Difficulty: Easy to moderate, depending on how much of the trail network you choose to tackle. All of the trails add up to about 5 miles in length. Some of the trails are smooth enough for strollers and wheelchairs, while some of the forest trails travel over rougher terrain with exposed tree roots.
How to get there: The arboretum is located at 153 Hospital Street in Augusta. If driving south on I-95, take Exit 109A; and if driving north on I-95, take Exit 109. Both exits lead to Western Avenue, where you will drive east on for about 1.5 miles to a roundabout. At the roundabout, take the second exit to continue on Western Avenue across the Kennebec River. After the bridge, at the next roundabout, take the first exit onto Stone Street (Route 17) and drive 0.5 miles. Continue straight onto Hospital Street and drive about 0.7 miles and Viles Arboretum will be on your left, marked with a large sign.
Information: In the midst of Maine’s capital city, the Viles Arboretum is 224 acres of fields, orchards, gardens and forests that the public can explore on a 5-mile network of intersecting trails. Most trails are smooth and easy, though there are a few hills and rougher forest trails along the edges of the property.
The arboretum dates back to 1981, when the Maine Forest Service began its development by planting 120 trees and constructing many fences, bridges, trails and a boardwalk. The next year, a private non-profit corporation was formed called the Pine Tree State Arboretum to manage the preserve, and the following year, a visitors center was built near the parking area, according to the Viles Arboretum website, vilesarboretum.org, which outlines the arboretum’s history in detail.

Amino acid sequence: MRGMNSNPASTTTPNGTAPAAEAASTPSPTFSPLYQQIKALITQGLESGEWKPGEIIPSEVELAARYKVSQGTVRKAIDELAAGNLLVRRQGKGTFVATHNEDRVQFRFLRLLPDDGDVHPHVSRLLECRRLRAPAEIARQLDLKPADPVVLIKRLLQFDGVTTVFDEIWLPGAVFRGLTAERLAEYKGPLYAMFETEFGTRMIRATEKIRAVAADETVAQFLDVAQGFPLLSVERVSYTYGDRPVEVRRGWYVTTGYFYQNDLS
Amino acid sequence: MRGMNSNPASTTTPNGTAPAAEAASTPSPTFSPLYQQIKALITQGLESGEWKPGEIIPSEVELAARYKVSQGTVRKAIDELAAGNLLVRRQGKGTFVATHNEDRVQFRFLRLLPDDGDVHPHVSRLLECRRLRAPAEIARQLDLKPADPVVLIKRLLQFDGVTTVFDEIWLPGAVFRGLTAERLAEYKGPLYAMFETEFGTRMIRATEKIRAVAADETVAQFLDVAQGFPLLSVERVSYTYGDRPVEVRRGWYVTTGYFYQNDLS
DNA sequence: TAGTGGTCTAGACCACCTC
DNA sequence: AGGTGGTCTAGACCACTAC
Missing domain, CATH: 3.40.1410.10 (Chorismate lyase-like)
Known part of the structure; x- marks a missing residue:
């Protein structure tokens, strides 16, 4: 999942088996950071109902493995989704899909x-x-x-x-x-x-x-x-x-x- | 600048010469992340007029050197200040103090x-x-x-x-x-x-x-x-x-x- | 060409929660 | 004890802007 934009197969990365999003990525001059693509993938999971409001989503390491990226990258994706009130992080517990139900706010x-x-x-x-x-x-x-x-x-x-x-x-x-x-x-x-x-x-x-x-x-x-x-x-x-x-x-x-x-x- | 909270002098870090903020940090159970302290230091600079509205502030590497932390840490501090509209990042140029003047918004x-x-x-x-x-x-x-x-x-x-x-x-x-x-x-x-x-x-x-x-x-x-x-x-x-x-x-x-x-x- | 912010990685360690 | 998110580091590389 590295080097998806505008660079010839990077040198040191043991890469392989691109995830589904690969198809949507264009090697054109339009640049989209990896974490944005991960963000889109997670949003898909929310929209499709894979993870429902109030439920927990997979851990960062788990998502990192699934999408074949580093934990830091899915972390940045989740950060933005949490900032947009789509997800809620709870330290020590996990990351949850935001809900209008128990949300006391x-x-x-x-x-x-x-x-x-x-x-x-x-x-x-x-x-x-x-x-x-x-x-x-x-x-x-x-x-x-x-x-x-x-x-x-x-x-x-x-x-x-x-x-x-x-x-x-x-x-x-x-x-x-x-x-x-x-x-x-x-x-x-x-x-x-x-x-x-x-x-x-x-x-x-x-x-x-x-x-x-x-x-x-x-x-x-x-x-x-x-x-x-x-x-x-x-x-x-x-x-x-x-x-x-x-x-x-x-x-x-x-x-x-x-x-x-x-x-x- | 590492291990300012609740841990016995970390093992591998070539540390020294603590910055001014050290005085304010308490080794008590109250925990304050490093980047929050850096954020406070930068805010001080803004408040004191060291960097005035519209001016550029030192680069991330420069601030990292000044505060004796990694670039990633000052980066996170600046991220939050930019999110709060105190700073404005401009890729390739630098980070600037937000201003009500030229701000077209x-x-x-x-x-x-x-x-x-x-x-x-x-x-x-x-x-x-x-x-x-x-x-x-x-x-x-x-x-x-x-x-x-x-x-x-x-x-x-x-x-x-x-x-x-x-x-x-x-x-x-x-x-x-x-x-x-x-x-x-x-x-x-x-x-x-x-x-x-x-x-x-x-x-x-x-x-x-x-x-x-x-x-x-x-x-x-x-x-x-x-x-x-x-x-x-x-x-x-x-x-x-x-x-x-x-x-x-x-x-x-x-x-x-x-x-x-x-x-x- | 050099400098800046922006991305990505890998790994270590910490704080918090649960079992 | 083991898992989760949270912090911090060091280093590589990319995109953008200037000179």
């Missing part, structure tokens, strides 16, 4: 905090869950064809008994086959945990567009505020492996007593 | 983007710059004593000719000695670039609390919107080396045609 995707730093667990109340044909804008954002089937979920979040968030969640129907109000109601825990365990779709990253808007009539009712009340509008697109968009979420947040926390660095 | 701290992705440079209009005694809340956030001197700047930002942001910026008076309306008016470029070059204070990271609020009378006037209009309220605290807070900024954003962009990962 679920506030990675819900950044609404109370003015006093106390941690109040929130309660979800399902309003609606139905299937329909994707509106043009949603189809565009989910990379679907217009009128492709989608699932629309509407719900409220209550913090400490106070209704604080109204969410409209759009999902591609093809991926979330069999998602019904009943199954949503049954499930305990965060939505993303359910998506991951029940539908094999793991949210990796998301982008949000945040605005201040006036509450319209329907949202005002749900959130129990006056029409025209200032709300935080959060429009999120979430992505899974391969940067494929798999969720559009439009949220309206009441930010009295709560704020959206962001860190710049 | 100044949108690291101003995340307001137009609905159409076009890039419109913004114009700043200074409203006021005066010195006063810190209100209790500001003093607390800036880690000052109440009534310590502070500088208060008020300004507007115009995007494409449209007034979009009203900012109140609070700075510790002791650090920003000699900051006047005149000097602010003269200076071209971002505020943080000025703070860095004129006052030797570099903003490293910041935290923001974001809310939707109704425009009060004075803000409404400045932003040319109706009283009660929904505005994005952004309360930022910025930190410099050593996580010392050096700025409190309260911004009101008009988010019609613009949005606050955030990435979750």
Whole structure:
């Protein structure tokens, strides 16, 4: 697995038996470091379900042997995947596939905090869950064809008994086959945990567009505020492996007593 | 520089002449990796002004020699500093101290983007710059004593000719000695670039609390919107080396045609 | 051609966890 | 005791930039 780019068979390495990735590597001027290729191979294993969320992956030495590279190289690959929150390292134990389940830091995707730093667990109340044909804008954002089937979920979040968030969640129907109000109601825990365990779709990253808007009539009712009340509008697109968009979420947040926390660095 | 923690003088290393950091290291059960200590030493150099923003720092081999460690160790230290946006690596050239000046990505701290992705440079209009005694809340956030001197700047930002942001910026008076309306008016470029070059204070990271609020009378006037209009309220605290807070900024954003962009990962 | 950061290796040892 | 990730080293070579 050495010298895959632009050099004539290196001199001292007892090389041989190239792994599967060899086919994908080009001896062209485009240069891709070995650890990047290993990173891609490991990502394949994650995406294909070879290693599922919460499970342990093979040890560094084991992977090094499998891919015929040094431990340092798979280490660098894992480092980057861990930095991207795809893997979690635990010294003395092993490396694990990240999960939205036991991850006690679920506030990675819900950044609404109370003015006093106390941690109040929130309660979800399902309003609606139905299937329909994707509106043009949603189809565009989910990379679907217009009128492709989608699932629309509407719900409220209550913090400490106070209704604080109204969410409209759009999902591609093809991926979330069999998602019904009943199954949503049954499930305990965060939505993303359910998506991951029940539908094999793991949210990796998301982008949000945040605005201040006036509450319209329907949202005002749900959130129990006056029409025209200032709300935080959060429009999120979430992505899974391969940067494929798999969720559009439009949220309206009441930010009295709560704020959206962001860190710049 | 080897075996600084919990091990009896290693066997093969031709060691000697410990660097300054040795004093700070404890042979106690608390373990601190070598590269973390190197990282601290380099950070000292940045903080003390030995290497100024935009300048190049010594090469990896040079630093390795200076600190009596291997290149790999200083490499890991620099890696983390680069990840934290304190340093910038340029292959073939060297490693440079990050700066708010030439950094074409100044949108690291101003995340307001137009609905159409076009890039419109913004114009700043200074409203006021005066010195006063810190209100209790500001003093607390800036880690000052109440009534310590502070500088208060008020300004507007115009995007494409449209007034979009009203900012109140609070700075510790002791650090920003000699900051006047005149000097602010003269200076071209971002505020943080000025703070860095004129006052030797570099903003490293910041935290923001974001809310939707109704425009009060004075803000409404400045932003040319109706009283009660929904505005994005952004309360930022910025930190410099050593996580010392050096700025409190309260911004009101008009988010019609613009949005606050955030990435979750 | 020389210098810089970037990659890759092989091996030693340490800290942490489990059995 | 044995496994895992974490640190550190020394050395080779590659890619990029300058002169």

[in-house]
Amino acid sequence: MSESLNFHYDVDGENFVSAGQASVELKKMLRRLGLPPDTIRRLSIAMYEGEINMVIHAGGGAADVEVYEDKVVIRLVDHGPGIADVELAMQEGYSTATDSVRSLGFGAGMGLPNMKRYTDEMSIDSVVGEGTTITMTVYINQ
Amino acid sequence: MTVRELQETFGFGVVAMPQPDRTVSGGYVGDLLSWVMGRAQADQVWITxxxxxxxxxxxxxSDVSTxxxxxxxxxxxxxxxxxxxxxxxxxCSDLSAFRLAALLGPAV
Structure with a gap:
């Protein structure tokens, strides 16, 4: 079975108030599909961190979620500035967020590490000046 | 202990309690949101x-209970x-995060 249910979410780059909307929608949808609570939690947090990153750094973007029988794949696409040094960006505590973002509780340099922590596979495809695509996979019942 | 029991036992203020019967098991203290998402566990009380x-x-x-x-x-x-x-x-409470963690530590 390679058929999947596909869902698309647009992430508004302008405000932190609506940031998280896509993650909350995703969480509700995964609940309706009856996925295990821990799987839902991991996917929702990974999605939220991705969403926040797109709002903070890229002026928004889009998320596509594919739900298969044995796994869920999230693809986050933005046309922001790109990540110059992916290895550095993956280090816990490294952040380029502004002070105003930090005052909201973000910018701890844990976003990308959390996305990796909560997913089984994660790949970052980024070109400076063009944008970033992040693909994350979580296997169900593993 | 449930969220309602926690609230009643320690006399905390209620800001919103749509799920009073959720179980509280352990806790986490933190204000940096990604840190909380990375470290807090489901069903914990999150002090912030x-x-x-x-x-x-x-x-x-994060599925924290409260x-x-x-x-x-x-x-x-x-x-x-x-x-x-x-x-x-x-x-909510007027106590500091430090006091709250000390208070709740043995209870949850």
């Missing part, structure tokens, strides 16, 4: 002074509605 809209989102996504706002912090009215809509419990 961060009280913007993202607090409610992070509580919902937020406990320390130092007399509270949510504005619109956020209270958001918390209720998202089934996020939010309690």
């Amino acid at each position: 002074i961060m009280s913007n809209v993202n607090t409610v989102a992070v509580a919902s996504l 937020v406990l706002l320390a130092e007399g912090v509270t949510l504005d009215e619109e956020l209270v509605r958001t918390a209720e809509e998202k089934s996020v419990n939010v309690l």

An arboretum is a place where a variety of trees, shrubs and other plants are grown to be studied and viewed by the public, according to the Merriam-Webster Dictionary. Over the years, the Viles Arboretum has expanded to house a number of fascinating plant collections, including a rock garden of alpine plants, the state’s largest public hosta garden, an heirloom apple tree grove, flowering trees, an American chestnut collection, a lilac garden, a nut tree collection and stands of various conifers and deciduous trees.
A few highlights of the property include “The General Sugar Maple,” a giant old sugar maple near the parking area; Viles Pond, home to turtles, waterfowl and wading birds; and a stand of white pines that as seeds orbited the Earth 93 times, traveling 2.4 million miles, in 1991 on the space shuttle Atlantis.
There are also several historical landmarks on the property.
In the early 1800s, the area was owned by several neighboring farms, according to the Viles Arboretum website. From 1835 to 1905, the State Hospital (now Augusta Mental Health Institute) purchased and consolidated the farms into a “hospital farm,” which provided crops and livestock, as well as occupational therapy and exercise for hospital patients. Evidence of this history remains on the land. For example, remains of a piggery is visited by one of the trails.
A detailed trail map posted on the kiosk to the left of the visitor center helps visitors find these landmarks, as well as specific gardens and groves of interest.